When it comes to budget knives, few companies offer as wide a selection as Kershaw. At $10, the Hotwire is the cheapest in its lineup.
The Hotwire is a Walmart exclusive equipped with a liner lock and SpeedSafe assist. In many ways, this pocket knife is the very definition of “disposable.”
But is there a reason to choose it over a no-name gas station blade? I used my latest trip to Colorado to find out.
Setting The Scene
Picture this – It’s 8 p.m. as you stumble out of the airport terminal. You’ve been awake since four in the morning, prepping for cross-country flights.
Now, after hours of delays and aggravations, you’re standing in front of the baggage claim. The conveyor belt goes around several times before the realization hits you: The airline lost your bag, along with all of your adventure gear. And there’s just 10 hours before you and your buddies head out into the woods.
For most of us, this would result in a mild financial crisis. You’ll need to spend most of your vacation fund on the necessities, leaving little room for tools and gadgets.
Even if you have the extra cash, do you really want to purchase something you’ll have once your bag is recovered? What’s a Gear Junkie to do?
Kershaw Hotwire Review
For blade fans, the Walmart knife selection is sort of like the menu at McDonald’s. You’ll usually be able to find something boring and serviceable without paying too much money.
But it’s also not a place you’d want fellow enthusiasts to see you, and you may regret your purchase within 12 hours.
First, the aesthetics on this knife are pretty silly. I mean, just look at the flipper tab and the texturing beneath the pivot. But once you press that tab and the SpeedSafe assist takes over, this actually becomes a pretty compelling package for the price.
The liner lock snaps nicely into place, and the ergonomics are surprisingly good. The 3-inch blade swings on two teflon washers sandwiched between stainless steel liners, with grippy GFN scales hugging the sides. The pocket clip is basic and largely unobtrusive, with the option for left- or right-hand tip-up carry.
In fact, carry-ability is one of the biggest things the Hotwire has going for it. With a heft of only 2.1 ounces, it disappears in the pocket of your travel pants.
When it’s time to open a package of hot dogs around the campfire, you’ll be able to effortlessly open and close the knife with just one hand. In fact, this is one of the easiest single-handed knives I own. Don’t play with it too much, though, or the pivot screw will start to loosen.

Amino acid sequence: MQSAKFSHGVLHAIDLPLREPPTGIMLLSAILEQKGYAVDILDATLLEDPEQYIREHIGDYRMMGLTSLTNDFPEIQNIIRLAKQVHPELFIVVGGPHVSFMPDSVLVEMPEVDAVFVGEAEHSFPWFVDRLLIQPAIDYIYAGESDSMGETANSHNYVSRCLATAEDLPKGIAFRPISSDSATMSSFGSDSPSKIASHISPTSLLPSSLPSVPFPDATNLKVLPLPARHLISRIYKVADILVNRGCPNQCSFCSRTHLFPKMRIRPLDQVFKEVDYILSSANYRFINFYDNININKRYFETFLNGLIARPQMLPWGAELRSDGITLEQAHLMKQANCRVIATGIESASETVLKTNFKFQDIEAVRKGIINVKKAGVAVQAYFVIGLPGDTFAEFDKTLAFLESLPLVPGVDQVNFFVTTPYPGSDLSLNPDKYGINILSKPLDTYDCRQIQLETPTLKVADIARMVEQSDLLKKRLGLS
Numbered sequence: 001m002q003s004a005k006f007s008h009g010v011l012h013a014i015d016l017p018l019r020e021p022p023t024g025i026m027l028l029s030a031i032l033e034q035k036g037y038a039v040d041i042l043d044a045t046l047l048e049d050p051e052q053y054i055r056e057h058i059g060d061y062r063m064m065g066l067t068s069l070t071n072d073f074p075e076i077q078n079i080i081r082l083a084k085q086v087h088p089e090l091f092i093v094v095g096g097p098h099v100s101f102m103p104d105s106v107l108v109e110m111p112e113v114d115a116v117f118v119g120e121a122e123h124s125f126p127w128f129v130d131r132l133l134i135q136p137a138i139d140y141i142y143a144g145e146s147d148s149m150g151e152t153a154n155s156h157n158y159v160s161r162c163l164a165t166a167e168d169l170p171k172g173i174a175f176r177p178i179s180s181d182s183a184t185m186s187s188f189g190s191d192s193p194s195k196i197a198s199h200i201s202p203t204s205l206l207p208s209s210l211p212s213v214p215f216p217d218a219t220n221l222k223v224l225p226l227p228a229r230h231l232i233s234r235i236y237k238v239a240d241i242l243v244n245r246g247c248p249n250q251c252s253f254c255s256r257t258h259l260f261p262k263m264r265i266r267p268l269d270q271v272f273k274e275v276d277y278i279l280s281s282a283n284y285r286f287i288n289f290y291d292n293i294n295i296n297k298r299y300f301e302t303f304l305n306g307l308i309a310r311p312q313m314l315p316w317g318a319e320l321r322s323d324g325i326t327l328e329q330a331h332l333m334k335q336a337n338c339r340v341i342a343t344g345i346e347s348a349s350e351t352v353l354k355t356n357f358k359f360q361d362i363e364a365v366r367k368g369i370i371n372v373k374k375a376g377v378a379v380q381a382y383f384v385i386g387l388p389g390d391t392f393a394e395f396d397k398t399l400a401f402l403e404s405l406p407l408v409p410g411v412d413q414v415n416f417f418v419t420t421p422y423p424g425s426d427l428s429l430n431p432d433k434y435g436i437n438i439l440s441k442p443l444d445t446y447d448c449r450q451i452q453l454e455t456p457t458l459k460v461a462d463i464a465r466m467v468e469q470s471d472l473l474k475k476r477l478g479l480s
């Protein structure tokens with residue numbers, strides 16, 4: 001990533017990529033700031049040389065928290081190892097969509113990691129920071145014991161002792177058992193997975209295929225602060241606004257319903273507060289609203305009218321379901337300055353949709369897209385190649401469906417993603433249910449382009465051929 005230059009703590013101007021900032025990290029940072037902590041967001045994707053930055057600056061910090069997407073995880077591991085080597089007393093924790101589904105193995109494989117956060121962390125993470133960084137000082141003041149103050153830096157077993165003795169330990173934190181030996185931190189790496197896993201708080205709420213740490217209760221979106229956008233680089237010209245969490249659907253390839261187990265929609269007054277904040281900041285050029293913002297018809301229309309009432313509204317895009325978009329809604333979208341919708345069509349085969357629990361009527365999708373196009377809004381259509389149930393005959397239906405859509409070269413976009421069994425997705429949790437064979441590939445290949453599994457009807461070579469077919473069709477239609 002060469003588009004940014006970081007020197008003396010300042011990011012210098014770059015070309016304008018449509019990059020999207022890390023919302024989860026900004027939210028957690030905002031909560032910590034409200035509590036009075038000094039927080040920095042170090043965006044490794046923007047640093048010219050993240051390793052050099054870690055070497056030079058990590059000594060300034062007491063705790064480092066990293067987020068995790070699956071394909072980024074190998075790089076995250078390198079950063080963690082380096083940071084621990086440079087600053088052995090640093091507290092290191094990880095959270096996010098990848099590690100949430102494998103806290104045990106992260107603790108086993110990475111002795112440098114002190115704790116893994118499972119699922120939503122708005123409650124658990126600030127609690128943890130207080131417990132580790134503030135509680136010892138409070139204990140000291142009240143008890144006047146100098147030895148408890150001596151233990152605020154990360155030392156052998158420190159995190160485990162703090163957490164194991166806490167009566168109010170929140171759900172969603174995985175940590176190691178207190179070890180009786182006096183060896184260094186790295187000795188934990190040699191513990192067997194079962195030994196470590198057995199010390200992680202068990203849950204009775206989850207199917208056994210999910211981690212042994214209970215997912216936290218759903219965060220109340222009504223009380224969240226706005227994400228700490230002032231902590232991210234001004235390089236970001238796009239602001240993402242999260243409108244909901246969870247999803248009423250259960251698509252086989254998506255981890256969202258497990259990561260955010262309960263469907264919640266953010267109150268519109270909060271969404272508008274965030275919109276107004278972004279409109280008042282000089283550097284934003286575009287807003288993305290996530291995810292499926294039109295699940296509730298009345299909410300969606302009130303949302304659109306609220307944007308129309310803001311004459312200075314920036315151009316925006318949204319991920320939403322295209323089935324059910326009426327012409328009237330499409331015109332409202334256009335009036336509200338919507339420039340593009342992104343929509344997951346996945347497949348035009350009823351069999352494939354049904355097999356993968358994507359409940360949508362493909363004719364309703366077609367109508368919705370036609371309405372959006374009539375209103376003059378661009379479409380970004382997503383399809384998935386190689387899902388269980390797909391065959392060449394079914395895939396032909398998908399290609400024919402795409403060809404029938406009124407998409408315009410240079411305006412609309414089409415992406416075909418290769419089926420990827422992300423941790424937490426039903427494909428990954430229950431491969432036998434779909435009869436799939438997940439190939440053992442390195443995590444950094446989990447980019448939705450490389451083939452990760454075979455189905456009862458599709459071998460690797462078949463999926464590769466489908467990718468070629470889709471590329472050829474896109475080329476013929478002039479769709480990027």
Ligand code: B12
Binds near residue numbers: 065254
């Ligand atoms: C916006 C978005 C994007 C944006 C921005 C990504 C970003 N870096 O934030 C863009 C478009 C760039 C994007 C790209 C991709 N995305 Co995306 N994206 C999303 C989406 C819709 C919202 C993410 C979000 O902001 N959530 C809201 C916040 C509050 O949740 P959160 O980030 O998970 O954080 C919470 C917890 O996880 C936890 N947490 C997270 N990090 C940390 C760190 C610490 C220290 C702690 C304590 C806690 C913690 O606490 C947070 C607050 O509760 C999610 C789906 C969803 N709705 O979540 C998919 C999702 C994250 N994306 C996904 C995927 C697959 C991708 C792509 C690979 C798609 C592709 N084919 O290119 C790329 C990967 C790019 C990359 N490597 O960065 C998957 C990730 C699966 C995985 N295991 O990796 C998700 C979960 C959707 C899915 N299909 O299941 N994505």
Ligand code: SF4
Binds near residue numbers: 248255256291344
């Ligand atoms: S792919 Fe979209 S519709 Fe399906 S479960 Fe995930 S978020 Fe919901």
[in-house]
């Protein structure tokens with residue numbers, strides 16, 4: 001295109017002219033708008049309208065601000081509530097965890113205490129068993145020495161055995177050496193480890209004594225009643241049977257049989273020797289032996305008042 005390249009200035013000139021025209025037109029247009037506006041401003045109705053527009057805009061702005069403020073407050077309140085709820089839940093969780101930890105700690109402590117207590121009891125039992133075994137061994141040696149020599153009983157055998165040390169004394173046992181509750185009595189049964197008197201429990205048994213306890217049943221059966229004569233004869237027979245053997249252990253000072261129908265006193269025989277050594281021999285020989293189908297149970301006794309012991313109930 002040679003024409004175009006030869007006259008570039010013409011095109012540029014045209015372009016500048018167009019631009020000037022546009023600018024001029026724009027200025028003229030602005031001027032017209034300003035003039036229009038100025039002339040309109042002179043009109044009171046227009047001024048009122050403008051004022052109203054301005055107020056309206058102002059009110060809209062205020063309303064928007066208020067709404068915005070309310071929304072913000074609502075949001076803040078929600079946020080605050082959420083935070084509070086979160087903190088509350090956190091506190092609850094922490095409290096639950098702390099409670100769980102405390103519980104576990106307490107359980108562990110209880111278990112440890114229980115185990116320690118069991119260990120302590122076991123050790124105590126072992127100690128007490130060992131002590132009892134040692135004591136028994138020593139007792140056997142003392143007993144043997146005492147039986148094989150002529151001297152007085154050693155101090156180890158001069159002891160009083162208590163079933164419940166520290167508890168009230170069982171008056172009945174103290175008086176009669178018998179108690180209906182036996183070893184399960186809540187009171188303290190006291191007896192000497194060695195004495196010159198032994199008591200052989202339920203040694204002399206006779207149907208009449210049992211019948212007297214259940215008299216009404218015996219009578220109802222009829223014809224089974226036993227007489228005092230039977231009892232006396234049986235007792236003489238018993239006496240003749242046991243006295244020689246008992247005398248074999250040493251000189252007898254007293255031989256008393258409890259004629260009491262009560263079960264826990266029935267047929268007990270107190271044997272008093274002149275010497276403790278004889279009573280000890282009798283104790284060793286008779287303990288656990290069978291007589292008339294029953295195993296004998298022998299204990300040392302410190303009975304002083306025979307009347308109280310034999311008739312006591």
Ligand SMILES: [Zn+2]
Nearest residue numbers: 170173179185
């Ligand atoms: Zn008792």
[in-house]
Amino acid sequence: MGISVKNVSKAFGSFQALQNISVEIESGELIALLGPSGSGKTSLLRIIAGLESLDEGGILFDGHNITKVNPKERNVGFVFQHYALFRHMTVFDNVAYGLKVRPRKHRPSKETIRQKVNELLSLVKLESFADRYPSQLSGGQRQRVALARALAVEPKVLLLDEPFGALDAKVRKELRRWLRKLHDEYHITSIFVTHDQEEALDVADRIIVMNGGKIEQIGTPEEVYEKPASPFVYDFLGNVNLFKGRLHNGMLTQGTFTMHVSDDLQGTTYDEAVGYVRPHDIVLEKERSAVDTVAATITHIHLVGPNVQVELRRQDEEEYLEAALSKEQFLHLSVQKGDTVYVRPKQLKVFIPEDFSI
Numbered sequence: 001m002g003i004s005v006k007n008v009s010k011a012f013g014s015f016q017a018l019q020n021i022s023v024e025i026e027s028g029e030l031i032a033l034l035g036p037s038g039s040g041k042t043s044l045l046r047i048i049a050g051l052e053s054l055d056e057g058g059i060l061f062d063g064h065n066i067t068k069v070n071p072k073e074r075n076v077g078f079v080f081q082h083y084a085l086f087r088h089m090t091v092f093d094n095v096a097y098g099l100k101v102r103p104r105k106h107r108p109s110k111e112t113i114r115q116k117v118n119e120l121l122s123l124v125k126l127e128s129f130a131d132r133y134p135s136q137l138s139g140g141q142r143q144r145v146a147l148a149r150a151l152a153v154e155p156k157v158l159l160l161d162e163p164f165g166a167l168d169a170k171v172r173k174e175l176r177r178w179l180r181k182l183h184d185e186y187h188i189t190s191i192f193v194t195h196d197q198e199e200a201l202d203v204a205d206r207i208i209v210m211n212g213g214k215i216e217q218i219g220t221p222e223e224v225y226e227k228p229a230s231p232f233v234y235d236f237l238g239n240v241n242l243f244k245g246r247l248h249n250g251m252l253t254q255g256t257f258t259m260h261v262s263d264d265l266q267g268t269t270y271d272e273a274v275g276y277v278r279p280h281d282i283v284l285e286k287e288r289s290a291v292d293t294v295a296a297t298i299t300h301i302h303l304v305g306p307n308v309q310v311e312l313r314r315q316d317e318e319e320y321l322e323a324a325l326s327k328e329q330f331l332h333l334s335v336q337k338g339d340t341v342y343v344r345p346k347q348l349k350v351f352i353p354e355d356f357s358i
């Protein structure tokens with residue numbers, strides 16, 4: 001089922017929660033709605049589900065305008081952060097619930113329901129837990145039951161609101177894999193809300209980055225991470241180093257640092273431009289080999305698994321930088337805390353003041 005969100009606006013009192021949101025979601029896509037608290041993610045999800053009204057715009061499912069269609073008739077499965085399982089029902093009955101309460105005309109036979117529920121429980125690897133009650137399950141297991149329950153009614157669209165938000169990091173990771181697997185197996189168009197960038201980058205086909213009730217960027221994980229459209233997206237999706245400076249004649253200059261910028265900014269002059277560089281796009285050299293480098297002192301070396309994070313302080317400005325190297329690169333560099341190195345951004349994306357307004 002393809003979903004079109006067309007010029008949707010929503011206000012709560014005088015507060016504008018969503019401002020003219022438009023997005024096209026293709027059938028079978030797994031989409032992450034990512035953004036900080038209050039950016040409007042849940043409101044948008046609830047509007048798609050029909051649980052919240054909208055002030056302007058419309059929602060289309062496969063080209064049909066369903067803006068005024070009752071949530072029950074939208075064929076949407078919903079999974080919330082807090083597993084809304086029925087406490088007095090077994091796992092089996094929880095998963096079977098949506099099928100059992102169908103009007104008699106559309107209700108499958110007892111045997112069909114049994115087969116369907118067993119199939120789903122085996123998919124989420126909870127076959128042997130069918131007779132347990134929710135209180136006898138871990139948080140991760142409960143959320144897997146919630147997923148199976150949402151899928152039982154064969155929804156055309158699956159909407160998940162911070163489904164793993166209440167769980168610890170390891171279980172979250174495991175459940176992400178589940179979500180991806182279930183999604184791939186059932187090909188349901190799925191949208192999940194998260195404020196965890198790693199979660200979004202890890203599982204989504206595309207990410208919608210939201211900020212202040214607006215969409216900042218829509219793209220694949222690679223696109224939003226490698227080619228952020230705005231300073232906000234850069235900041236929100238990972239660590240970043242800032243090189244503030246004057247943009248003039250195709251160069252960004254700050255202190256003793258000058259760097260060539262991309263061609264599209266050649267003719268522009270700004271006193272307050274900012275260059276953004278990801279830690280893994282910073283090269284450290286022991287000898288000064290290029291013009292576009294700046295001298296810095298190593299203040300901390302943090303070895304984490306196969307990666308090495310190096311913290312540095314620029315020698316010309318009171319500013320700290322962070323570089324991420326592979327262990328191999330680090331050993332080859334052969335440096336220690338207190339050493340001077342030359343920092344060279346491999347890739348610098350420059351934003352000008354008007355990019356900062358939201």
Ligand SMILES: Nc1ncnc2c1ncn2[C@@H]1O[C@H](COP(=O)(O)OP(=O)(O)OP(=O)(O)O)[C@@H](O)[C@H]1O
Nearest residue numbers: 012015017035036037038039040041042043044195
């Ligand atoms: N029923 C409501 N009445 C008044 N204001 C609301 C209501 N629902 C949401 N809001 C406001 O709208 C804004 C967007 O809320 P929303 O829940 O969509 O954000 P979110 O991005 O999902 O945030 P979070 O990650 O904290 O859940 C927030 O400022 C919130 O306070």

It’s a decent enough cutting companion around the grill and picnic table, thanks in part to its hollow grind. But let’s talk about the 3-inch elephant in the room: Kershaw has outfitted this big-box special with 3Cr13MoV steel. That’s pretty terrible.
Will it take an edge? Sure. Will it hold an edge? Nope!
I tried shaving some wood from a dry branch, but chips formed in the blade. I decided to call off any further woodsy tasks. No batoning for this Kershaw.
To be fair, I tested this knife under travel conditions. That means I didn’t take it apart or sharpen it through the course of its review. I did, however, tighten the pivot to reduce some pretty pronounced side-to-side blade play.
This exposed another issue. The Hotwire is put together in such a way that you get two choices: Either live with the blade wobbling back and forth, or tighten it down to the point where the SpeedSafe no longer works. Again, this is a $10 knife.
So, do I recommend that you buy a Kershaw Hotwire? No!
Here’s the deal, if you’re looking for a disposable, easily obtainable knife with modern assist and locking features, then this isn’t a horrible option.
The steel is trash and the blade play is iffy, but the action and carry-ability of the Hotwire are way ahead of other sub-$10 knives. I’ve owned two of these little guys in my cross country travels, both of which have proved effective during their brief service.
So, if you’re broke, desperate, or maybe just morbidly curious, the Kershaw Hotwire is an acceptable light-duty travel knife. But just like the joyride you get from another kind of hot wiring, don’t expect the thrill to last.